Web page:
We are the 100 Percent

Much has been made about Mitt Romney’s comments regarding the 47% of Americans he  considers the entitled, dependent, irresponsible poor.  These individuals have the audacity, in his mind, to consider the government as having a responsibility to ensure healthcare, food, and housing.  And, much of the media in the States has jumped to his defence, saying that the language was wrong but the sentiment right.

Of course I am concerned regarding the sentiments expressed, the crassness of the perspective, and the implications for people such as seniors living on a pension.  But more so I am dismayed by the deeper underlying philosophy, one I see reflected around me in small decisions like decreasing public transit hours.  To me, we are witnessing the slow dismantling of social cohesion.

Societies are built on the idea that we are all in this together.  For example, in the same way that confederation included means to distribute income equitably between provinces, our legislation contains means to distribute income between individuals.  Similarly, rather than being islands unto ourselves, we pay into our governments to pool our resources to fund our services.  This is a contract we reaffirm every day with each other by driving on a road or turning on a light switch.  Romney’s math is wrong.  Because we are, in fact, all of us reliant on our government and on each other.  We all use water, roads, healthcare, internationally traded resources, police services, currency, etc., etc.  We all access government funds through different programs and services, some simply use a little more, and some a little less.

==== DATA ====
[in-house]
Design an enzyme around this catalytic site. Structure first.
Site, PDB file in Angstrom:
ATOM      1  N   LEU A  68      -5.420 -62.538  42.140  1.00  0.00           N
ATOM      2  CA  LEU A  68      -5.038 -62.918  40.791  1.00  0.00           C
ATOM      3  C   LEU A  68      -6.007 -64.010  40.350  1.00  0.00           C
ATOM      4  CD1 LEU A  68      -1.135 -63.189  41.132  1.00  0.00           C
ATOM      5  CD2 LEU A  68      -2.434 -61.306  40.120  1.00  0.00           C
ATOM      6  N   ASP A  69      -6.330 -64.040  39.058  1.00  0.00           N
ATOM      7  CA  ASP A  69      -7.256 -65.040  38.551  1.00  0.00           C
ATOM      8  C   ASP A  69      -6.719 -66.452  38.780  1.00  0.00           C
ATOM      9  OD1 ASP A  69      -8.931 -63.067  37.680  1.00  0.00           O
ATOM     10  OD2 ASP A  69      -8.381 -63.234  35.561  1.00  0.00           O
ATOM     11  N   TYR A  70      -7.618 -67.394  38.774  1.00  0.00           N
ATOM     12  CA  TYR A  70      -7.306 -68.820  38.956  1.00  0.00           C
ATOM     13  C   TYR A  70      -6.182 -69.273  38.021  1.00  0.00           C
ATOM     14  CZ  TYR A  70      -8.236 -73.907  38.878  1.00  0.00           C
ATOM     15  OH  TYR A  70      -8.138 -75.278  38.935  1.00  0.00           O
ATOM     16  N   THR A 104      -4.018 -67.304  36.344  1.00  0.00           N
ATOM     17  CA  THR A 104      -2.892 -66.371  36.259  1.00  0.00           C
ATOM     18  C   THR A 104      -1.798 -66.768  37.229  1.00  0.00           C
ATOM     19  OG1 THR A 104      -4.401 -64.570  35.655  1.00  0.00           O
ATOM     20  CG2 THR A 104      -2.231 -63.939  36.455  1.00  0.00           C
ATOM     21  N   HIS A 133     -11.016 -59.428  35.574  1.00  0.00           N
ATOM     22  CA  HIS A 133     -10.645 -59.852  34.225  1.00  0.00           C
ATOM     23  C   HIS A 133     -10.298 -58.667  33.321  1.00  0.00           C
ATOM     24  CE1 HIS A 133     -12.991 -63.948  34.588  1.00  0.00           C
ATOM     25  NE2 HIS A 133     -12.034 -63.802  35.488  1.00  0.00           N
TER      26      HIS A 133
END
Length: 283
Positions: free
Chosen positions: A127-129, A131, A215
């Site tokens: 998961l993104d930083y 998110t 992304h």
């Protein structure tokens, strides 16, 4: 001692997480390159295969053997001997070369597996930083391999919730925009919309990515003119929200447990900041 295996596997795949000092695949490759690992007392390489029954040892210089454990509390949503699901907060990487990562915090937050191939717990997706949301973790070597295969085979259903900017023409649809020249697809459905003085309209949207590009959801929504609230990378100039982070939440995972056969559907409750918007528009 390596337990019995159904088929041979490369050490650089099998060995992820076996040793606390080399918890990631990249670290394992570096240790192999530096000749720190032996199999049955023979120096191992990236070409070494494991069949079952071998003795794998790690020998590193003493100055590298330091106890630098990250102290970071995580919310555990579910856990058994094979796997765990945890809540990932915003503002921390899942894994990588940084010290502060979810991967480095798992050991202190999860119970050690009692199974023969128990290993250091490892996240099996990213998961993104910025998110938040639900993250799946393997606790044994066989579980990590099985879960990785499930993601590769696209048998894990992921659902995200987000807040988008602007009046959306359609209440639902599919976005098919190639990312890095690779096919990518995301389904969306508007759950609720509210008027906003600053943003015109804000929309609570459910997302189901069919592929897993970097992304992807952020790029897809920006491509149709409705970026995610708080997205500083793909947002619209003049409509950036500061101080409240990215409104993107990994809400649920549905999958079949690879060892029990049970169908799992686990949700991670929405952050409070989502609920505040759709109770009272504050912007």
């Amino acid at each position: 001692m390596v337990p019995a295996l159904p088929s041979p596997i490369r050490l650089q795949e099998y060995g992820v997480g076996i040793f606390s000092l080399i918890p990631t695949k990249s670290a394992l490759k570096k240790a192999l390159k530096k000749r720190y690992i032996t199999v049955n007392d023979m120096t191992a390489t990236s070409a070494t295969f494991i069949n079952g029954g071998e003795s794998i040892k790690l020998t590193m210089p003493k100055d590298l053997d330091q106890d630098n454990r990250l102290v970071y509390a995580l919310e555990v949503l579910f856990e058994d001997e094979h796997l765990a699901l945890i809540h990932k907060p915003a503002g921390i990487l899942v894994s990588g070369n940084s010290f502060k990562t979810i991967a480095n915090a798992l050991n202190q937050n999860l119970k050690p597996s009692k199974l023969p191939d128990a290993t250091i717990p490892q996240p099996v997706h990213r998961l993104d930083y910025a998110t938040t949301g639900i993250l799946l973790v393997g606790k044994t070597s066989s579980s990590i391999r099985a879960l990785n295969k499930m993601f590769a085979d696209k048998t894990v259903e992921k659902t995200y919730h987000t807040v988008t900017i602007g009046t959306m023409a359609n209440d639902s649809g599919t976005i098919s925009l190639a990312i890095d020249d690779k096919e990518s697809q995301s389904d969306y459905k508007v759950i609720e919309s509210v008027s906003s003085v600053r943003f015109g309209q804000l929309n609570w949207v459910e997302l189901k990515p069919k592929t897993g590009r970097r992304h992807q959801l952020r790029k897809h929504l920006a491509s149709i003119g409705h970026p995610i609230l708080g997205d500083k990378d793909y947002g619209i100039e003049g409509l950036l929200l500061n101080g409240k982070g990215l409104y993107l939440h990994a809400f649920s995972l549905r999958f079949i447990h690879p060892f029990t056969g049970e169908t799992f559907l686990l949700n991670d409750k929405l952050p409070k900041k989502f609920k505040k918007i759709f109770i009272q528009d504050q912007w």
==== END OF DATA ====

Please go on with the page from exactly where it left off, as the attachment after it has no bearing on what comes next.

Yet cynicism towards government, and at times our own selfishness, is leading us to surrender many points of cohesion; to erode, for example, services that allow those with poverty incomes to meet their basic needs.  Right now we’re all in this together, but we’re flirting with giving that away.  And for many experiencing poverty, they already feel that sentiment is lost:

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